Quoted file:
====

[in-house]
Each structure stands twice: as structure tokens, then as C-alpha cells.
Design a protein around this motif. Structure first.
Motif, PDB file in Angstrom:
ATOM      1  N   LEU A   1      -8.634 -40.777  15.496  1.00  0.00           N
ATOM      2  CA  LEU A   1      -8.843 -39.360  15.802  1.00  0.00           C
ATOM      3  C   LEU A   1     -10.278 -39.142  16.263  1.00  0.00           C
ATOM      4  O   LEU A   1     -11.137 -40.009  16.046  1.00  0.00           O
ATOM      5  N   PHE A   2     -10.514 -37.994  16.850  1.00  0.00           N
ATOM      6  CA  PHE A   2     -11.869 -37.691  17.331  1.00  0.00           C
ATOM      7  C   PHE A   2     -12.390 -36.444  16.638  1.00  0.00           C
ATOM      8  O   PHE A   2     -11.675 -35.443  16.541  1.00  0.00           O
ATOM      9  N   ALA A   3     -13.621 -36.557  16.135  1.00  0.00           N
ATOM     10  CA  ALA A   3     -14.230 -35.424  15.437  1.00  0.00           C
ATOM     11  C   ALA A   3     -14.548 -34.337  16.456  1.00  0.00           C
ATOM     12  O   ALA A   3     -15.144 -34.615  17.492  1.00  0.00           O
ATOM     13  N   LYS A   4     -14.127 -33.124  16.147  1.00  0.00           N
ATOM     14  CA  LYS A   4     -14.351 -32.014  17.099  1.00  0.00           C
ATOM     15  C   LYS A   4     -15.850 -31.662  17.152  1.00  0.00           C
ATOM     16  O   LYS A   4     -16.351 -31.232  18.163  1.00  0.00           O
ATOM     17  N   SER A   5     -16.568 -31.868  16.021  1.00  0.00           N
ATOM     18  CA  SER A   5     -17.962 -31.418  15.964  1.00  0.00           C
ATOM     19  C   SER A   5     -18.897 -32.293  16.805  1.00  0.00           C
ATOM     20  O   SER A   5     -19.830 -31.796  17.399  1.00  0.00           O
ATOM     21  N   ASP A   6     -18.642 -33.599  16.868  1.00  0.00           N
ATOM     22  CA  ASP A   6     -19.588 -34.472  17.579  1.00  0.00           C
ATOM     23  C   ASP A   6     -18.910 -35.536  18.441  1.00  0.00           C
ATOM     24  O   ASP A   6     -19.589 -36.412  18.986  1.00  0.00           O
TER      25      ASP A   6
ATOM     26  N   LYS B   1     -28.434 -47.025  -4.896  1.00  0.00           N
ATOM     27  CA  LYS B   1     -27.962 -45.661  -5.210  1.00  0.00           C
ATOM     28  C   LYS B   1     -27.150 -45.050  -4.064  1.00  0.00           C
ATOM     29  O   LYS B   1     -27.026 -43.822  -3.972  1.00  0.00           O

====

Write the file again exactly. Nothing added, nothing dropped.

[in-house]
Each structure stands twice: as structure tokens, then as C-alpha cells.
Design a protein around this motif. Structure first.
Motif, PDB file in Angstrom:
ATOM      1  N   LEU A   1      -8.634 -40.777  15.496  1.00  0.00           N
ATOM      2  CA  LEU A   1      -8.843 -39.360  15.802  1.00  0.00           C
ATOM      3  C   LEU A   1     -10.278 -39.142  16.263  1.00  0.00           C
ATOM      4  O   LEU A   1     -11.137 -40.009  16.046  1.00  0.00           O
ATOM      5  N   PHE A   2     -10.514 -37.994  16.850  1.00  0.00           N
ATOM      6  CA  PHE A   2     -11.869 -37.691  17.331  1.00  0.00           C
ATOM      7  C   PHE A   2     -12.390 -36.444  16.638  1.00  0.00           C
ATOM      8  O   PHE A   2     -11.675 -35.443  16.541  1.00  0.00           O
ATOM      9  N   ALA A   3     -13.621 -36.557  16.135  1.00  0.00           N
ATOM     10  CA  ALA A   3     -14.230 -35.424  15.437  1.00  0.00           C
ATOM     11  C   ALA A   3     -14.548 -34.337  16.456  1.00  0.00           C
ATOM     12  O   ALA A   3     -15.144 -34.615  17.492  1.00  0.00           O
ATOM     13  N   LYS A   4     -14.127 -33.124  16.147  1.00  0.00           N
ATOM     14  CA  LYS A   4     -14.351 -32.014  17.099  1.00  0.00           C
ATOM     15  C   LYS A   4     -15.850 -31.662  17.152  1.00  0.00           C
ATOM     16  O   LYS A   4     -16.351 -31.232  18.163  1.00  0.00           O
ATOM     17  N   SER A   5     -16.568 -31.868  16.021  1.00  0.00           N
ATOM     18  CA  SER A   5     -17.962 -31.418  15.964  1.00  0.00           C
ATOM     19  C   SER A   5     -18.897 -32.293  16.805  1.00  0.00           C
ATOM     20  O   SER A   5     -19.830 -31.796  17.399  1.00  0.00           O
ATOM     21  N   ASP A   6     -18.642 -33.599  16.868  1.00  0.00           N
ATOM     22  CA  ASP A   6     -19.588 -34.472  17.579  1.00  0.00           C
ATOM     23  C   ASP A   6     -18.910 -35.536  18.441  1.00  0.00           C
ATOM     24  O   ASP A   6     -19.589 -36.412  18.986  1.00  0.00           O
TER      25      ASP A   6
ATOM     26  N   LYS B   1     -28.434 -47.025  -4.896  1.00  0.00           N
ATOM     27  CA  LYS B   1     -27.962 -45.661  -5.210  1.00  0.00           C
ATOM     28  C   LYS B   1     -27.150 -45.050  -4.064  1.00  0.00           C
ATOM     29  O   LYS B   1     -27.026 -43.822  -3.972  1.00  0.00           O